Need help cooking 2 1/4 inch NY Strip
I am just learning how to cook steaks and have gotten one-inch T-bone down to a science, but my husband brought home a gorgeous NY Strip last night that is over 2 inches thick (about a pound and a half total) and I want to make it for our NYE dinner tonight, but am really afraid of overcooking. We like our steaks medium RARE. I can't tell you how many recipes end with "cook to desired doneness." That does me no good - I need time and temp, please.
We don't have a grill, but I have an iron skillet with grating (for "authentic" grill marks), several non-stick pans and a griddle, and a crappy "cheap-landlord" oven that won't go above 450. Also, I generally season beef lightly with a rub I got in Texas recently, but if anyone has a to-die-for seasoning, I'd be open to making that, too. Thanks, chowhounds!
Brown well on both sizes in your well kosher salted cast iron grill pan.
Put the pan into a pre heated oven at 350.
I will not suggest a time but we are talking minutes..
At 3-4 minutes come in from the edge looking for 125 on an insta read.
When you get that temp,remove steak to cutting board (do not leave in cast iron pan).
Rest steak 8-10 min and slice on the diagonal.
If you like,melt some butter with a splash of worcestershire and pour over slices.
Simple and foolproof.
Try this as a guide. I cooked a similar RibEye last night and it came out perfectly medium rare and better than the Prime Rib Roast I made for Christmas dinner.
You can sear on a stove, but if you do this under the broiler, you will have less smoke, which is what I did.
Preheat your oven on Broil for 15-20 minutes with your cast iron skillet under the broiler, on the lowest position(farthest away from heat). Ten minutes before cooking, I used some extra fat trimmings from the steak and greased the skillet(I used a flat pan).
Make sure your steak is room temperature and patted dry before cooking.....you can use oil after is is patted dry and placed under the broiler. Season as to your preference.
The total cooking time will be 22-25 minutes, depending on the accuracy of your oven temperature. Place your steak under the broiler for 4-minutes on each side in the lowest position as stated earlier. Transfer to the oven on the middle rack and immediately turn the oven down to 375* for another 16-18 minutes. Check the temperature at this time in the process...120* and remove from the oven and place on another plate, tented with aluminum foil............add some chopped shallots, red wine and reduce to half volume.....add butter, swirl and season to taste for some excellent pan sauce. Serve your steak proudly.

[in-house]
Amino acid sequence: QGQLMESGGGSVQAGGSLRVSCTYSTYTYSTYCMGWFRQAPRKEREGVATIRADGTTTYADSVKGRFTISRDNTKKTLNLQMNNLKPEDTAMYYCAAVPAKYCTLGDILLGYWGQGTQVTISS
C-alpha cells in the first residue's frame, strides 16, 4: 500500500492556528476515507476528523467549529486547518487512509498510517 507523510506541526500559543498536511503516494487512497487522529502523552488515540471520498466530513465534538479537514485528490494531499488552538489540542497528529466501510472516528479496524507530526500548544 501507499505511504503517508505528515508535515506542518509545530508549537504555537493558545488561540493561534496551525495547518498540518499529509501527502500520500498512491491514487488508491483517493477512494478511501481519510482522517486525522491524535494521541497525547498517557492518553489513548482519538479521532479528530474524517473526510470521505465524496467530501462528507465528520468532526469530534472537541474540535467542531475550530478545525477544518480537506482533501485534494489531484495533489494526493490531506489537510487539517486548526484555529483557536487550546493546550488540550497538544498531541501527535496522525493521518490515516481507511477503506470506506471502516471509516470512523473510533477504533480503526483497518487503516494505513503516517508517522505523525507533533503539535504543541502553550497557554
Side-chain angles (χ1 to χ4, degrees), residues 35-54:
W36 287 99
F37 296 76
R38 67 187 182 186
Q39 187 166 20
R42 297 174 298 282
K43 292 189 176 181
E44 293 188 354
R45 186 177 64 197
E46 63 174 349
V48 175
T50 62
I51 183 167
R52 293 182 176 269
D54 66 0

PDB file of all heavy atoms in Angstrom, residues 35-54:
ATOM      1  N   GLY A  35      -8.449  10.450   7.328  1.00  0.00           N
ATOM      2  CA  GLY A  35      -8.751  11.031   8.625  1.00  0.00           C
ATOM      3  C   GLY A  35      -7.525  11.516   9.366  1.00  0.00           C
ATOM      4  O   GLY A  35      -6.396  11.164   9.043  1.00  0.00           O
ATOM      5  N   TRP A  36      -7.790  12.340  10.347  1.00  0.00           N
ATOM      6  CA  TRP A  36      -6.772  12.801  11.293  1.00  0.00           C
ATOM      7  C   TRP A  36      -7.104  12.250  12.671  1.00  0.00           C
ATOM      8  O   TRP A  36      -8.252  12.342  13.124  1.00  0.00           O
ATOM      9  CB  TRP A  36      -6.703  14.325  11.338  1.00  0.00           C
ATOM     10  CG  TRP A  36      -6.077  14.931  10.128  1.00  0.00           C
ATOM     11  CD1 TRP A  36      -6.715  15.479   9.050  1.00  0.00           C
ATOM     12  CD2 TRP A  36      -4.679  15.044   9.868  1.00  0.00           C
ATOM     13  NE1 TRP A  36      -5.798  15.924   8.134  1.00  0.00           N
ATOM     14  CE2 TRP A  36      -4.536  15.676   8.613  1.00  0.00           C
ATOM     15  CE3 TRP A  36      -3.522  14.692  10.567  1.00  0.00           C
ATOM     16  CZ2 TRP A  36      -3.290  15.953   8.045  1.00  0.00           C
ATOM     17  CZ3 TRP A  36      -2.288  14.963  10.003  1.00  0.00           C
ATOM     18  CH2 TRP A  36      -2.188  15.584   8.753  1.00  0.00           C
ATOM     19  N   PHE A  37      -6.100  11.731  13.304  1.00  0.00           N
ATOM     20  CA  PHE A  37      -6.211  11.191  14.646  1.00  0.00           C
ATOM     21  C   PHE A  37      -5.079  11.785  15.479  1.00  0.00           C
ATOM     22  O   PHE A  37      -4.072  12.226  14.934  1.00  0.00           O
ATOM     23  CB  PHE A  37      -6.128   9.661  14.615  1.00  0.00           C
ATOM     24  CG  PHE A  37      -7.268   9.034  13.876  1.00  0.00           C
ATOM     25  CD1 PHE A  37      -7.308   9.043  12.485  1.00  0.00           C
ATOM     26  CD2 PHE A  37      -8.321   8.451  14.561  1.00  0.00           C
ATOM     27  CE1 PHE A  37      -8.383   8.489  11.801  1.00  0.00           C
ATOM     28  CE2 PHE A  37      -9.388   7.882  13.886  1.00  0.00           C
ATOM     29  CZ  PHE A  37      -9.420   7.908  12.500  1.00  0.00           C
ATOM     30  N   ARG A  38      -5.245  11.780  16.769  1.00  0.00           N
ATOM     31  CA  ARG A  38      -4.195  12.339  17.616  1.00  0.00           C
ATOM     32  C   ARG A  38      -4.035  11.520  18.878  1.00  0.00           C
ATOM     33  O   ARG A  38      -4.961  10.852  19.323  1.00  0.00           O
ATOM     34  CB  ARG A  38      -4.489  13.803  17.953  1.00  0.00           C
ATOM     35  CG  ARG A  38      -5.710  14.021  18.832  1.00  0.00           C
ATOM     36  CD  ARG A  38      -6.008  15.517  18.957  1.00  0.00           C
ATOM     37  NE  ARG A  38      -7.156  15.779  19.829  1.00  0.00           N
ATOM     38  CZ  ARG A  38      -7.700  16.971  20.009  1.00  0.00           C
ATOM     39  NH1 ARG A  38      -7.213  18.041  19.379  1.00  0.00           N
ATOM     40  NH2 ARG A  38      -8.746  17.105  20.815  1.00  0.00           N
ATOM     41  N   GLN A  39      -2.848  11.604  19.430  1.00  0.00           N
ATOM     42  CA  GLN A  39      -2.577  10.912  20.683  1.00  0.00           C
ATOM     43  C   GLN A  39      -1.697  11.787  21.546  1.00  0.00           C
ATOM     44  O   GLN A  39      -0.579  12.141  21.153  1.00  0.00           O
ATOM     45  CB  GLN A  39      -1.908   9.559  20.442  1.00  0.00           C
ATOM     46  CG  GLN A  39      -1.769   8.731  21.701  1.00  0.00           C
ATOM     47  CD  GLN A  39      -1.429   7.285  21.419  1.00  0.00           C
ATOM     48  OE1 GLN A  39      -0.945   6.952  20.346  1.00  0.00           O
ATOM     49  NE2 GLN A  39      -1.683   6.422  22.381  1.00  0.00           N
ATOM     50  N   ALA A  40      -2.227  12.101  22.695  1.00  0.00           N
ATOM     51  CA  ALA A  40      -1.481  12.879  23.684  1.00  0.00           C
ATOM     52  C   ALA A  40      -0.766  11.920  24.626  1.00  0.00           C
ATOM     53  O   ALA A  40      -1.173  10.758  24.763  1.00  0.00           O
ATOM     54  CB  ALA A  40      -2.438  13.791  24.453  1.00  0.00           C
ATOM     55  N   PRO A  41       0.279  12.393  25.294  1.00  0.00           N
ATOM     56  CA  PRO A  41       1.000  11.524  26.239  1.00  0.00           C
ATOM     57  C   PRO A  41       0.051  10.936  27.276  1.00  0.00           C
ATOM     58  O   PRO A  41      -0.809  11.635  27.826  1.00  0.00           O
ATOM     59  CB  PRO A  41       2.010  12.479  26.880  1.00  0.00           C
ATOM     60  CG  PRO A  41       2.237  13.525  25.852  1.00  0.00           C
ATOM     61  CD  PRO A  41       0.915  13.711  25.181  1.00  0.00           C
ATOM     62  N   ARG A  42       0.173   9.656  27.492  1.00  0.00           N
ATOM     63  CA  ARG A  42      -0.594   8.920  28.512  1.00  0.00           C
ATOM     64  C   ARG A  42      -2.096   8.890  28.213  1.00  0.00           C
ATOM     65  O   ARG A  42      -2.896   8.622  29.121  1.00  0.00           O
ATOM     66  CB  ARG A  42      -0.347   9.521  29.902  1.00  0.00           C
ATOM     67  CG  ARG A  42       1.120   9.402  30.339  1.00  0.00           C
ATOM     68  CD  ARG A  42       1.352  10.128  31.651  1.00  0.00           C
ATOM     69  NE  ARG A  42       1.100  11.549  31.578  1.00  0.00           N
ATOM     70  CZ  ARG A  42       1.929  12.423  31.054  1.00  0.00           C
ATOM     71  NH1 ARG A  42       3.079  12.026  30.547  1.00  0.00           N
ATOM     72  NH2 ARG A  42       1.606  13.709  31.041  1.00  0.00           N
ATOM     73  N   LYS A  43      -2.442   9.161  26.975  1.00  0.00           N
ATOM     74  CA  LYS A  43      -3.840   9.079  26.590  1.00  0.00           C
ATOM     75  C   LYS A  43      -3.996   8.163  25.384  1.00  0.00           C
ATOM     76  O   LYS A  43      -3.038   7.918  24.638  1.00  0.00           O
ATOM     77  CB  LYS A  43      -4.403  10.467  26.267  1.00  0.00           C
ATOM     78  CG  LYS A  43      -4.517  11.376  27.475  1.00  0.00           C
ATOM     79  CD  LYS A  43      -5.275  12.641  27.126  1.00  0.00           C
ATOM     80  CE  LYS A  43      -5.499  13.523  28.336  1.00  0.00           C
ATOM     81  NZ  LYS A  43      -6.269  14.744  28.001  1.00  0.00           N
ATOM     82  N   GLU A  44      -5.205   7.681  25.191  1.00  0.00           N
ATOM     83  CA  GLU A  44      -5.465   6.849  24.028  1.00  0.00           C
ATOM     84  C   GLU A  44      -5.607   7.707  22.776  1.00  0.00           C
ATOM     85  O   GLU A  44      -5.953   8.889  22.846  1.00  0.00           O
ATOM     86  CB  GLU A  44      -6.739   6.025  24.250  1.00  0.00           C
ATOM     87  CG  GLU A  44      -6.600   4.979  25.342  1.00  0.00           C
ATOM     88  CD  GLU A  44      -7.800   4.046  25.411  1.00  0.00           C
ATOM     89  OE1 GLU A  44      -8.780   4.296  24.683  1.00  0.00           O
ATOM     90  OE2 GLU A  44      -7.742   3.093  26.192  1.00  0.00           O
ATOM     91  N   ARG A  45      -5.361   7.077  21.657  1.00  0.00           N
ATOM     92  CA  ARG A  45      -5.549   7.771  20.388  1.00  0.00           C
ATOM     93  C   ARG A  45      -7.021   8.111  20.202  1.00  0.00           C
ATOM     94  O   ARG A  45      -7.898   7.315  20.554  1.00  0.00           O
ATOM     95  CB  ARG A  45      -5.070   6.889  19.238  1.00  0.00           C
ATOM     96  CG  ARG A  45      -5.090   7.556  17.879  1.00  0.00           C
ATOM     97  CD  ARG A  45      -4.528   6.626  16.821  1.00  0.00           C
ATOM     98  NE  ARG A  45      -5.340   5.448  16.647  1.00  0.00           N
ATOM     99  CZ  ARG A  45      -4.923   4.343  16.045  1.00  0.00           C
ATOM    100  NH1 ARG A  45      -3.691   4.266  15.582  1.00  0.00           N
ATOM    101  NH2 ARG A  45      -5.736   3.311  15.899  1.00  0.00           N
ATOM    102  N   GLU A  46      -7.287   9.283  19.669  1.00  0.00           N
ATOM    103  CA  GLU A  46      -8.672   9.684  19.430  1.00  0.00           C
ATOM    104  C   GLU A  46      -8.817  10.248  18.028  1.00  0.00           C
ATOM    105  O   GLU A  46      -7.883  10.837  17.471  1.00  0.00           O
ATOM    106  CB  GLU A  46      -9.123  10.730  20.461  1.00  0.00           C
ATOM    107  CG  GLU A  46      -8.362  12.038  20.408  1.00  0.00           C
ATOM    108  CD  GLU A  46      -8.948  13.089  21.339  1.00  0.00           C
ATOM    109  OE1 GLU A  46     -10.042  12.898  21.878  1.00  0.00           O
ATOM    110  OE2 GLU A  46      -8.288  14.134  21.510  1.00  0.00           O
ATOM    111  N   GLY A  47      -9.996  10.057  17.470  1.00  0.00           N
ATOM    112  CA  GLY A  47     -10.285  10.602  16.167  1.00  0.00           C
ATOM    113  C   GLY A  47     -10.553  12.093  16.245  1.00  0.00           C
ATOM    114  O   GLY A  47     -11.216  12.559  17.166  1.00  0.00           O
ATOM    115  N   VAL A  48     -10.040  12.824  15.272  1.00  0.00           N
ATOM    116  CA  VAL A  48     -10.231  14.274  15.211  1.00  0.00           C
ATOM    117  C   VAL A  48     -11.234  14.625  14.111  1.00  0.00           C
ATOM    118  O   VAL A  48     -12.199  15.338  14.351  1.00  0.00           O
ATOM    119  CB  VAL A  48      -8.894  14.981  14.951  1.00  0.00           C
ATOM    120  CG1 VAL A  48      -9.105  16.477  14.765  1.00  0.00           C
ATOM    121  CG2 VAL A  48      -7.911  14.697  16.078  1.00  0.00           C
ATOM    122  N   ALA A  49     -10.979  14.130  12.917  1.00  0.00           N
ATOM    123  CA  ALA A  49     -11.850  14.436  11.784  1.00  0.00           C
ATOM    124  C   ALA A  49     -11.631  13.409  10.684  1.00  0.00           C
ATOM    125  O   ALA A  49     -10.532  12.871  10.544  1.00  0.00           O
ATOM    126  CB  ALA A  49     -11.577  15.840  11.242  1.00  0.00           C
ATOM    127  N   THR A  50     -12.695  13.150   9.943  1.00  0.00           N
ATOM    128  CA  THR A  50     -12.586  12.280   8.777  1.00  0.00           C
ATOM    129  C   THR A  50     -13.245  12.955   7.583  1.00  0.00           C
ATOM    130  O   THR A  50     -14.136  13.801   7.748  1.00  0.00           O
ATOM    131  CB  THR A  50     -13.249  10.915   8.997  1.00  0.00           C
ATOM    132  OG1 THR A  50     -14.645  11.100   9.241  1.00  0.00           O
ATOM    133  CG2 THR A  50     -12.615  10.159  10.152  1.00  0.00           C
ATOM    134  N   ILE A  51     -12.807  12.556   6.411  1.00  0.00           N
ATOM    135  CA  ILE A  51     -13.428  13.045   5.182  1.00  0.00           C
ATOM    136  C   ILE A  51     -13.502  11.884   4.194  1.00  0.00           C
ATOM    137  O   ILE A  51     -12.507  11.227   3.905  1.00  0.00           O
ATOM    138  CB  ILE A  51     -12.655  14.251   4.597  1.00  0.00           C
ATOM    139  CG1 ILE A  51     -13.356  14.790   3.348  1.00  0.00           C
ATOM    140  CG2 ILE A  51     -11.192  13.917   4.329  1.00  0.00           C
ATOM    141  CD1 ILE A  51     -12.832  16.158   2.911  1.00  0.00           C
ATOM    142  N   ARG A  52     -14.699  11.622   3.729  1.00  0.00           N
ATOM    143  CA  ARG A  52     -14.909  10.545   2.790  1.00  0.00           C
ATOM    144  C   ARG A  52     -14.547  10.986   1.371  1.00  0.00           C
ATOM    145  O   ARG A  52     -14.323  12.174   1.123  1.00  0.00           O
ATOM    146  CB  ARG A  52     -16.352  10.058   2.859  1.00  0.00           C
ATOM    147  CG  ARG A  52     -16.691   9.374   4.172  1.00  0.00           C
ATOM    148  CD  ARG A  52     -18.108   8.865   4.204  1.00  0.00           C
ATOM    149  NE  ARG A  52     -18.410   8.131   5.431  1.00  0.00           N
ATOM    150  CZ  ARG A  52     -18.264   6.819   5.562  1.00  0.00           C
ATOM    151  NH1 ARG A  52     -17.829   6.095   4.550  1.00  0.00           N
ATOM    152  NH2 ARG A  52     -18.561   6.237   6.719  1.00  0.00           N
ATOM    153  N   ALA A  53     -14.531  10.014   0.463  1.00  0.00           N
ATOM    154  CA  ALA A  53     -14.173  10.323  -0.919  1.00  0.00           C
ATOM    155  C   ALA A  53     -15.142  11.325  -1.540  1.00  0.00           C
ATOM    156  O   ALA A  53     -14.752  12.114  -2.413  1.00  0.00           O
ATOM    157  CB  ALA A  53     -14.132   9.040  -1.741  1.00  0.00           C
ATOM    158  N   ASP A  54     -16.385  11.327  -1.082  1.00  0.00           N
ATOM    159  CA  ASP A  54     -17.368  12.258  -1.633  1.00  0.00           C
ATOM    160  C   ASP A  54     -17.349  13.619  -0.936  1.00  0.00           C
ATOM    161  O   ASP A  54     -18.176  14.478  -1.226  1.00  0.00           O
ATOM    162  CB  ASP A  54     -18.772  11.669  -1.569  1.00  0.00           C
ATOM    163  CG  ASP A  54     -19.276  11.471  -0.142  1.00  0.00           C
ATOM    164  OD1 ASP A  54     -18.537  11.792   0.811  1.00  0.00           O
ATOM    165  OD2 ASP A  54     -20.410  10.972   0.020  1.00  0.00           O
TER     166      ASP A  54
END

Unfortunately the perfect doneness has too many variables for time and temperature to mean much. The amount of intramuscular fat in the steak, the amount of heat your cooktop puts out, the accuracy of your oven thermostat, and the alignment of the planets will play a role in how long you have to cook the steak. You need a meat thermometer. I recommend the kind with a remote probe on a 3' cord--the probe can be in food that's in the oven while the display is out where you can see it.
As to your particular steak (and any other steak over about 1.5" thick), your best bet is to use the stovetop AND the oven. Season the steak generously with kosher salt and pepper and let sit on the counter for half an hour to an hour to warm up. Preheat the oven to 350 and put your (empty) cast iron pan on a high burner for at least 5 minutes. (Now would be a good time to put shower caps on the smoke detectors.) Once the pan is smoking hot, gently lay in the steak. After 2 minutes, flip it over. After another 2 minutes, turn it once again (if you rotate it about 30 degrees each time you turn you'll get pretty cross-hatch marks), turn off the burner, and move steak and pan to the oven. Cook to an internal temperature of 125 degrees, remove to a warm plate, cover with foil, and let rest 5-10 minutes before serving.
If you like, you can deglaze the pan for a quick sauce. Stock and wine work well, but since it's a festive occasion, why not a flaming brandy cream sauce? Put the pan back on the high burner and pour in a shot or two of brandy. Tilt the pan away from you toward the burner and the vapors from the brandy will ignite in very dramatic fashion. Don't worry--alcohol flames are fairly cool, so you're not going to catch the ceiling on fire. Once the flames have subsided, scrape the pan with a wooden spoon to loosen up all the good bits, then enrich with a little heavy cream and, if you're feeling decadent, a knob of butter.
Just like the 1 inch, turn it when iut starts to juice on top side. If you haven't got an instant read, use the touch test - rare meat will be soft and wobbly, medium will have a springy firmness.
If you do have an instnat read - bang, you're good to go. 130 F for your med rarer.